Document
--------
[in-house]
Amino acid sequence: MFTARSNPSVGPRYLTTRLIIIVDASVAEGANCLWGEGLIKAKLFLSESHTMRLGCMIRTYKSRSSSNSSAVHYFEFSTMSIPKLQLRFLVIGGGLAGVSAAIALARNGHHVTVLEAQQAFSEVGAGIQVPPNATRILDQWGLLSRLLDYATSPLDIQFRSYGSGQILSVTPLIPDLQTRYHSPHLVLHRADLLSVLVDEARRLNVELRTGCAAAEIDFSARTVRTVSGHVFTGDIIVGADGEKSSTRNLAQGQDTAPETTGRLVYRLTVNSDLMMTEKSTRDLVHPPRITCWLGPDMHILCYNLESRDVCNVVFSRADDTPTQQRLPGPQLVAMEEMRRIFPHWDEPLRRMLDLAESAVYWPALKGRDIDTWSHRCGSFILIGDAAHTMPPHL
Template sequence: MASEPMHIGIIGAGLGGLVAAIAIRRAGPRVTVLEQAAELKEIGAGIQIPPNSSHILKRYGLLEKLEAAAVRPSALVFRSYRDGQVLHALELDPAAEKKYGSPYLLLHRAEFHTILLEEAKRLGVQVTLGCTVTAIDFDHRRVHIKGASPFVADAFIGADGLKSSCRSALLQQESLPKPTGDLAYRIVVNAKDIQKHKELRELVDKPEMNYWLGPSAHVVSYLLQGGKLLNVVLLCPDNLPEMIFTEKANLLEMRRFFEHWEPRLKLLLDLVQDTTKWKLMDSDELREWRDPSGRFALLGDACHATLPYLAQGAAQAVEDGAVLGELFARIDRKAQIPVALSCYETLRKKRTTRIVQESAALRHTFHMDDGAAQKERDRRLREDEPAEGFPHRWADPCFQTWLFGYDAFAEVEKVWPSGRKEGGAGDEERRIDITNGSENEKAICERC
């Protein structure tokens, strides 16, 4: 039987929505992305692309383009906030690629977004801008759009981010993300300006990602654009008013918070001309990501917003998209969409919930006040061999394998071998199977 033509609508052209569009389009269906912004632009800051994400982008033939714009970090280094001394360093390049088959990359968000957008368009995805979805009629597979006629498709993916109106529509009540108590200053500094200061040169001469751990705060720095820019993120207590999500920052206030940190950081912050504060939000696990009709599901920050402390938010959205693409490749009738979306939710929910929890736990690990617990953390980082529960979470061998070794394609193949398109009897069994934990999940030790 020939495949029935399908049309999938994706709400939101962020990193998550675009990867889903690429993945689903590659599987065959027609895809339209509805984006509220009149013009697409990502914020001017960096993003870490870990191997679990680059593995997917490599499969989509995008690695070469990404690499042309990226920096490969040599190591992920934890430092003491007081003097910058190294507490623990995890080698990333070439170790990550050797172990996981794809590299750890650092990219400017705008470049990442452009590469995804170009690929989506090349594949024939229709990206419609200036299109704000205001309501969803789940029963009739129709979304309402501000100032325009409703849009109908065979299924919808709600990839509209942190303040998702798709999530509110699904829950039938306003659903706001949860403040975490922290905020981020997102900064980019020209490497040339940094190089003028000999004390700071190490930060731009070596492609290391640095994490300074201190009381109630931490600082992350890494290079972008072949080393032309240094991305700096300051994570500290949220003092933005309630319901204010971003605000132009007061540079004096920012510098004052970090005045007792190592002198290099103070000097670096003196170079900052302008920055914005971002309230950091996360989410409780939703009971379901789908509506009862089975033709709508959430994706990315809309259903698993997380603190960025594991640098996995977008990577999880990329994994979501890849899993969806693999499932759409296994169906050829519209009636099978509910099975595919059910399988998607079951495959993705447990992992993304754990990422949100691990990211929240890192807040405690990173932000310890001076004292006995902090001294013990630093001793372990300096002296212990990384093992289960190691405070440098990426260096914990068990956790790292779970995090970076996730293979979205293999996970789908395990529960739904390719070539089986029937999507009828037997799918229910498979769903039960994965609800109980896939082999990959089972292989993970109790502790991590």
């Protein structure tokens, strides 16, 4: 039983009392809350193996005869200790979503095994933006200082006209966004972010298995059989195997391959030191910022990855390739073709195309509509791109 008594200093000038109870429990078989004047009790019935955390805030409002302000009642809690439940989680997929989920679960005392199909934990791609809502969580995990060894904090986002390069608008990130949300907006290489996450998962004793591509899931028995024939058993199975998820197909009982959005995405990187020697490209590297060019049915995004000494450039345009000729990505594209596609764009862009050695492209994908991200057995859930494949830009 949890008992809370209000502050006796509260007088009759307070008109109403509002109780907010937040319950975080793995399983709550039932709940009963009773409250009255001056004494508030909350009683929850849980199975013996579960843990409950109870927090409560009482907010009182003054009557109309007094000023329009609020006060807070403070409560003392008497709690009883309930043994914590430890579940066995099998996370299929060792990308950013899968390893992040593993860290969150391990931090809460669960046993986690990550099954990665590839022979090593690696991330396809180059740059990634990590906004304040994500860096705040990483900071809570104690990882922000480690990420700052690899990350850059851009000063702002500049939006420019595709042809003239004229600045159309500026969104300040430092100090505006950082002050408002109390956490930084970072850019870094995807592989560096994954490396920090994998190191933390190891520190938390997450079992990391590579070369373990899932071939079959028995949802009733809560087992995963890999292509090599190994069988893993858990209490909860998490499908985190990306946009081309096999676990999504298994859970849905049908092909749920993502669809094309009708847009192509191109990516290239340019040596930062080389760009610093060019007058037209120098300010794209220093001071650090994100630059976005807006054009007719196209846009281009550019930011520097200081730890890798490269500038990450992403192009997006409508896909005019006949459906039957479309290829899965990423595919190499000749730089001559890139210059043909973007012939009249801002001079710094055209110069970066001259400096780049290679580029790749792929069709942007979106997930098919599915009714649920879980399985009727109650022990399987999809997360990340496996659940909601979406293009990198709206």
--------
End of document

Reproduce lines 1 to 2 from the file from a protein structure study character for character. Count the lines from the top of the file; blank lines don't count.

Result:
[in-house]
Amino acid sequence: MFTARSNPSVGPRYLTTRLIIIVDASVAEGANCLWGEGLIKAKLFLSESHTMRLGCMIRTYKSRSSSNSSAVHYFEFSTMSIPKLQLRFLVIGGGLAGVSAAIALARNGHHVTVLEAQQAFSEVGAGIQVPPNATRILDQWGLLSRLLDYATSPLDIQFRSYGSGQILSVTPLIPDLQTRYHSPHLVLHRADLLSVLVDEARRLNVELRTGCAAAEIDFSARTVRTVSGHVFTGDIIVGADGEKSSTRNLAQGQDTAPETTGRLVYRLTVNSDLMMTEKSTRDLVHPPRITCWLGPDMHILCYNLESRDVCNVVFSRADDTPTQQRLPGPQLVAMEEMRRIFPHWDEPLRRMLDLAESAVYWPALKGRDIDTWSHRCGSFILIGDAAHTMPPHL